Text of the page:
Semicrystalline Polymer Micro/Nanostructures Formed by Droplet Evaporation of Aqueous Poly(ethylene oxide) Solutions: Effect of Solution Concentration

Shadi Kolahgar-Azari, Antonia Kagkoura, Dimitrios Mamalis, Jane R. Blackford, Prashant Valluri, Khellil Sefiane, Vasileios Koutsos

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Deposits formed after evaporation of sessile droplets, containing aqueous solutions of poly(ethylene oxide), on hydrophilic glass substrates were studied experimentally and mathematically as a function of the initial solution concentration. The macrostructure and micro/nanostructures of deposits were studied using stereo microscopy and atomic force microscopy. A model, based on thin-film lubrication theory, was developed to evaluate the deposit macrostructure by estimating the droplet final height. Moreover, the model was extended to evaluate the micro/nanostructure of deposits by estimating the rate of supersaturation development in connection with the driving force of crystallization. Previous studies had only described the macrostructure of poly(ethylene oxide) deposits formed after droplet evaporation, whereas the focus of our study was the deposit micro/nanostructures. Our atomic force microscopy study showed that regions close to the deposit periphery were composed of predominantly semicrystalline micro/nanostructures in the form of out-of-plane lamellae, which require a high driving force of crystallization. However, deposit central areas presented semicrystalline micro/nanostructures in the form of in-plane terraces and spirals, which require a lower driving force of crystallization. Increasing the initial concentration of solutions led to an increase in the lengths and thicknesses of the out-of-plane lamellae at the deposits’ periphery and enhanced the tendency to form spirals in the central areas. Our numerical study suggested that the rate of supersaturation development and thus the driving force of crystallization increased from the center toward the periphery of droplets, and the supersaturation rate was lower for solutions with higher initial concentrations at each radius. Therefore, periphery areas of droplets with lower initial concentrations were suitable for the formation of micro/nanostructures which require higher driving forces, whereas central areas of droplets with higher initial concentration were desirable for the formation of micro/nanostructures which require lower driving forces. These numerical results were in good qualitative agreement with the experimental findings.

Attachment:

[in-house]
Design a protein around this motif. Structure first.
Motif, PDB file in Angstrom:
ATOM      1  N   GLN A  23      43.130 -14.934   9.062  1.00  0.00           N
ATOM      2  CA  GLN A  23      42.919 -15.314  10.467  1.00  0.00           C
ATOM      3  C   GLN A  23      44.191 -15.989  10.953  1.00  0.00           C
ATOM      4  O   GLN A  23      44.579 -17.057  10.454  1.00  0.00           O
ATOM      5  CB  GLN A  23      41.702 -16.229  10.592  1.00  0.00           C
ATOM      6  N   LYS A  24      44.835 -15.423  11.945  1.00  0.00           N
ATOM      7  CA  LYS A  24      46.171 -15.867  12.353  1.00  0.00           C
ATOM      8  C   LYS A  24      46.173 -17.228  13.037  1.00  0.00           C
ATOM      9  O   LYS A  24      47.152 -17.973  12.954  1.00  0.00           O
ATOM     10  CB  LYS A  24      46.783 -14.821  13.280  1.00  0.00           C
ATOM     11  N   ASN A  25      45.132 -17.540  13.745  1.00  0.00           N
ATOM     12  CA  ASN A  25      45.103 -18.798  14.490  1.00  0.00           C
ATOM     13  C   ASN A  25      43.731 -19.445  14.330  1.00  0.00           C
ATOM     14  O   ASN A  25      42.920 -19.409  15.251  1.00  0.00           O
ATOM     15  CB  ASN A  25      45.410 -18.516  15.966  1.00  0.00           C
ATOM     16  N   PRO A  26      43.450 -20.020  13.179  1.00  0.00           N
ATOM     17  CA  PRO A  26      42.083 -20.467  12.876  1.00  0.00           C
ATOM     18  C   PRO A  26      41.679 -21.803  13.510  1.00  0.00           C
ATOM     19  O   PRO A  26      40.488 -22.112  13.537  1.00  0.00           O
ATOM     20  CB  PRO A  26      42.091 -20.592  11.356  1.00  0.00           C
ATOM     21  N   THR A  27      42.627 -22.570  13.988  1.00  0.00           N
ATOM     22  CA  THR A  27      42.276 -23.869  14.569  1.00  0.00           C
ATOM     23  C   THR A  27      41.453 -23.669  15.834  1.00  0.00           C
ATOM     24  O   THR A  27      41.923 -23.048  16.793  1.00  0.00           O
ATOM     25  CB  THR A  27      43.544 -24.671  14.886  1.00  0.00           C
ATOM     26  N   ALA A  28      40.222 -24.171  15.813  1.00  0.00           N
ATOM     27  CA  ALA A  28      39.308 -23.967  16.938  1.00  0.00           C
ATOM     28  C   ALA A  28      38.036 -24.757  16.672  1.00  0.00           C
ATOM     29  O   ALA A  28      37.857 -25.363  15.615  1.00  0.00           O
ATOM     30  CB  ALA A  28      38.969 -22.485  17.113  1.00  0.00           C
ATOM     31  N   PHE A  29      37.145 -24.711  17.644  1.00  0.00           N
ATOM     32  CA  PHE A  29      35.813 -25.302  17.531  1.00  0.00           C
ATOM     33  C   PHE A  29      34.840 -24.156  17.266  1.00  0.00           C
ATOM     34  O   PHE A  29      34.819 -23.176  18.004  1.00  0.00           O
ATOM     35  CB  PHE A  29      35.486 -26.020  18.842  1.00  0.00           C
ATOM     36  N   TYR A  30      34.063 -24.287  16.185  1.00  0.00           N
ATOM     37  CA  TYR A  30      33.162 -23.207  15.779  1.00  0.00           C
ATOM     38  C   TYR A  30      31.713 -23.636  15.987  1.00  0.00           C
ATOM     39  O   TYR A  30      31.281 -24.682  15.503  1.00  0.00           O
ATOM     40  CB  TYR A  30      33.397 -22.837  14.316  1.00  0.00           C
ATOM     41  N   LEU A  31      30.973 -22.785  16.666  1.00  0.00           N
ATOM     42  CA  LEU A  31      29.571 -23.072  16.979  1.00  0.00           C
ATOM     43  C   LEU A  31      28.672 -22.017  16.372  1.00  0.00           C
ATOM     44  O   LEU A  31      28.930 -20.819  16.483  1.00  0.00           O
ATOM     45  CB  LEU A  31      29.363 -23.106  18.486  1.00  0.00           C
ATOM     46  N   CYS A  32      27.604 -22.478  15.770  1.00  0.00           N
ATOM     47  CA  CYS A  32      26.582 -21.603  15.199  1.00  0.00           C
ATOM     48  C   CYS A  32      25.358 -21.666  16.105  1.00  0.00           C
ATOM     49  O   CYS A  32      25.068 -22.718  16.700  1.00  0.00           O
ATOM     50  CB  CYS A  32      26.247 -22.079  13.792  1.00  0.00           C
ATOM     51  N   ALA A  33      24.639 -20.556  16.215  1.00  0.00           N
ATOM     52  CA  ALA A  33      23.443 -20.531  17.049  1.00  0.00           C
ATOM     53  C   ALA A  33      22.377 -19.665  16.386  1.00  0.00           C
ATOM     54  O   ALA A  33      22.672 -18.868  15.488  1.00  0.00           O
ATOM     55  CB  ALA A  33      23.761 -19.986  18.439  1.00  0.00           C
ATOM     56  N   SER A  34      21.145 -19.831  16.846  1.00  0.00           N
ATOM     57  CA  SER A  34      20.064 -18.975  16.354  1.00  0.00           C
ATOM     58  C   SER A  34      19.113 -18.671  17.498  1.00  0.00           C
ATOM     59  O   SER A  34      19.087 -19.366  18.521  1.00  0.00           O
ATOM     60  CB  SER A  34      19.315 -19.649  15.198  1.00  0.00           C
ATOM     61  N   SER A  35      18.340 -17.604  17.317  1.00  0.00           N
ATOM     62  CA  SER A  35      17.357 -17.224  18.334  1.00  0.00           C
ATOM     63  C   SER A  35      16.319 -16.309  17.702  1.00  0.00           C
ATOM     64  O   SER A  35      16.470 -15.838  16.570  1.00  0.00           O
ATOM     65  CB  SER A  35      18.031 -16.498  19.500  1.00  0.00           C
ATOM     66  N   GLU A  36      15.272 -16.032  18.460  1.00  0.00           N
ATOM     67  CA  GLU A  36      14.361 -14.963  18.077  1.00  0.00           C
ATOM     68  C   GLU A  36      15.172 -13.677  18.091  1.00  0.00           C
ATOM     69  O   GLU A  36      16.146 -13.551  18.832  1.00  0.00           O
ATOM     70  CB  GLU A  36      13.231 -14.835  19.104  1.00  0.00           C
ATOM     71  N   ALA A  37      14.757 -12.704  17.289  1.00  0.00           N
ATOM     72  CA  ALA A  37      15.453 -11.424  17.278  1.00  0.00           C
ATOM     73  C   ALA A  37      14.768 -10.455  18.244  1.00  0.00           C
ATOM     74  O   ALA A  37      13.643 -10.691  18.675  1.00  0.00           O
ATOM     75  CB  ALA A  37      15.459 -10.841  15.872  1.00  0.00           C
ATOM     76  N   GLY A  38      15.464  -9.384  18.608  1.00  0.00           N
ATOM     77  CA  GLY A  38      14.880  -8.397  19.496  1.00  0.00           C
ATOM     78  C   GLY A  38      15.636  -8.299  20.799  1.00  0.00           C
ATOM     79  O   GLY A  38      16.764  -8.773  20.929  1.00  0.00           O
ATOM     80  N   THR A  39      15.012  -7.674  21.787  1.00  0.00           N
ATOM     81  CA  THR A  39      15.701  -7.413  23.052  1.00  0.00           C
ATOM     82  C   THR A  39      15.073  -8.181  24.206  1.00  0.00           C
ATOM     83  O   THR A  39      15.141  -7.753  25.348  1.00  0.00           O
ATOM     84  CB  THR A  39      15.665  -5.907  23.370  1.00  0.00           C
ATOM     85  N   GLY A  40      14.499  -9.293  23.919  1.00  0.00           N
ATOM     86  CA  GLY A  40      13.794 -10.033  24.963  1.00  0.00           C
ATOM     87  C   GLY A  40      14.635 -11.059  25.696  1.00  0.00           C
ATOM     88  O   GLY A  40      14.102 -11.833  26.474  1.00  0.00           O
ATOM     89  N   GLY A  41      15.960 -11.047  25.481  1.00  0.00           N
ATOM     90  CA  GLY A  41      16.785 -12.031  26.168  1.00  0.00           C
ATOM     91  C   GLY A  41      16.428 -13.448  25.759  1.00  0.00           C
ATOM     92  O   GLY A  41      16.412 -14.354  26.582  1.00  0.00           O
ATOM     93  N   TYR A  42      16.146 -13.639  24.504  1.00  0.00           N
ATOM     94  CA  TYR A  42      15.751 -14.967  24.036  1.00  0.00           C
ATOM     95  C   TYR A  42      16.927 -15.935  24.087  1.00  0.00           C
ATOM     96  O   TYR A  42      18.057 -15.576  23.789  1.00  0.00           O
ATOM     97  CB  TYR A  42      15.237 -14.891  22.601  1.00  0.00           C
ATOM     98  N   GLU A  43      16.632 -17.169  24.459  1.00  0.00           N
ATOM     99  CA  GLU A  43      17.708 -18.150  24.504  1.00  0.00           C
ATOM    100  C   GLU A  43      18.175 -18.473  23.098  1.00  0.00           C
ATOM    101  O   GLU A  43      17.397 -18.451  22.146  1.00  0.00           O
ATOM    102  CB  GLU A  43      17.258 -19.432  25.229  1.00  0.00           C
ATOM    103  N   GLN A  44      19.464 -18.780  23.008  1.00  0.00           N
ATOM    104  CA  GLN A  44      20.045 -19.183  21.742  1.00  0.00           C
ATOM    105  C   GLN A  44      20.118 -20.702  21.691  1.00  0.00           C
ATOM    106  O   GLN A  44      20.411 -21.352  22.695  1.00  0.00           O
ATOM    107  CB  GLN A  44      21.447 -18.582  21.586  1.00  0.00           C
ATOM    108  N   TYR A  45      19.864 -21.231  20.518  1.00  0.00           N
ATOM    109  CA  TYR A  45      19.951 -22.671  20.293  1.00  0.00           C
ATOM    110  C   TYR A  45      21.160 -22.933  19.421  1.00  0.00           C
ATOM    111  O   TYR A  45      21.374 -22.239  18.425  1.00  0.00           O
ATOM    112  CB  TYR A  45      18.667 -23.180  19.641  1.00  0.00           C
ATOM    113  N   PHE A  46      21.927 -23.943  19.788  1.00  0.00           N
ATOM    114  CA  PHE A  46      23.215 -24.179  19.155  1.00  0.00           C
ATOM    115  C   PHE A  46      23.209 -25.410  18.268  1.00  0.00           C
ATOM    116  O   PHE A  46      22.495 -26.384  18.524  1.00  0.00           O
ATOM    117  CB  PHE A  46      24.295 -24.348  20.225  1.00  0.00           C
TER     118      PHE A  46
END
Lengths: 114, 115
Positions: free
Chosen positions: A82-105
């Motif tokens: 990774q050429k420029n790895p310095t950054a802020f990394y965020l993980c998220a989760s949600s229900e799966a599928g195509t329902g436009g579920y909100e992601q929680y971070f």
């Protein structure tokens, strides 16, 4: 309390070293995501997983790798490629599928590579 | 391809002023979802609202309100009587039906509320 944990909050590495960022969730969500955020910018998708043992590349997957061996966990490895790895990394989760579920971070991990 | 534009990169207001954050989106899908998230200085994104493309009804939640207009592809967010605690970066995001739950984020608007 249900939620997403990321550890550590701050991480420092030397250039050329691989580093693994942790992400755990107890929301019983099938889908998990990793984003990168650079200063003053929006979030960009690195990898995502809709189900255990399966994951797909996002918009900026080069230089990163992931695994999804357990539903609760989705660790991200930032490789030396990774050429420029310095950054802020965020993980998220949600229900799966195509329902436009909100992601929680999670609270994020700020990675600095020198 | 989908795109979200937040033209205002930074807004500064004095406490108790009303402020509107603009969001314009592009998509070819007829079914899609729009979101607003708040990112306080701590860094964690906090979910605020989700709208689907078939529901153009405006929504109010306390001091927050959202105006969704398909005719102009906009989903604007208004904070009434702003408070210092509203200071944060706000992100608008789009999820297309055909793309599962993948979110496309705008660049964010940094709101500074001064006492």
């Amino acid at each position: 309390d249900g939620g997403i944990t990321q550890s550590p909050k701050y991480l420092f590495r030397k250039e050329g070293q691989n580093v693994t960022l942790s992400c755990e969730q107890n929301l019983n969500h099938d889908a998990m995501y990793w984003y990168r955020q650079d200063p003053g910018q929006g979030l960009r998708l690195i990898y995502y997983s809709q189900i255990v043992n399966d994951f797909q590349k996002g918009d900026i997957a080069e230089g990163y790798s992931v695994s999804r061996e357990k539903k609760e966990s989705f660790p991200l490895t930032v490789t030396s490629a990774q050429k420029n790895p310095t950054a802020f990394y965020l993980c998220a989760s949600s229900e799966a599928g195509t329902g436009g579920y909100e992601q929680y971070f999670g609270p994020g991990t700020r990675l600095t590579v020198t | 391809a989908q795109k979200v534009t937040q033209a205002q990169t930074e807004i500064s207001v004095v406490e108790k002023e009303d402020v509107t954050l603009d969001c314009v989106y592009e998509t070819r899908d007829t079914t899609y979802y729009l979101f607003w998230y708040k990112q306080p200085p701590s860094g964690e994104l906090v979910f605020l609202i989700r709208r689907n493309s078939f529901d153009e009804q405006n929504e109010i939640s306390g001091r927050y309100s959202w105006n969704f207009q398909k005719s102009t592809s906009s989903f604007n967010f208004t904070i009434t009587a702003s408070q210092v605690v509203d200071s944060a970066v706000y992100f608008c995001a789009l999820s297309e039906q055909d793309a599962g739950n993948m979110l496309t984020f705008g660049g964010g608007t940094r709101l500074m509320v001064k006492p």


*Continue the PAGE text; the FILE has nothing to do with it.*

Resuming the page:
Original languageUndefined/Unknown
Pages (from-to)15063-15076
Issue number49
Early online date28 Nov 2022
Publication statusPublished - 13 Dec 2022

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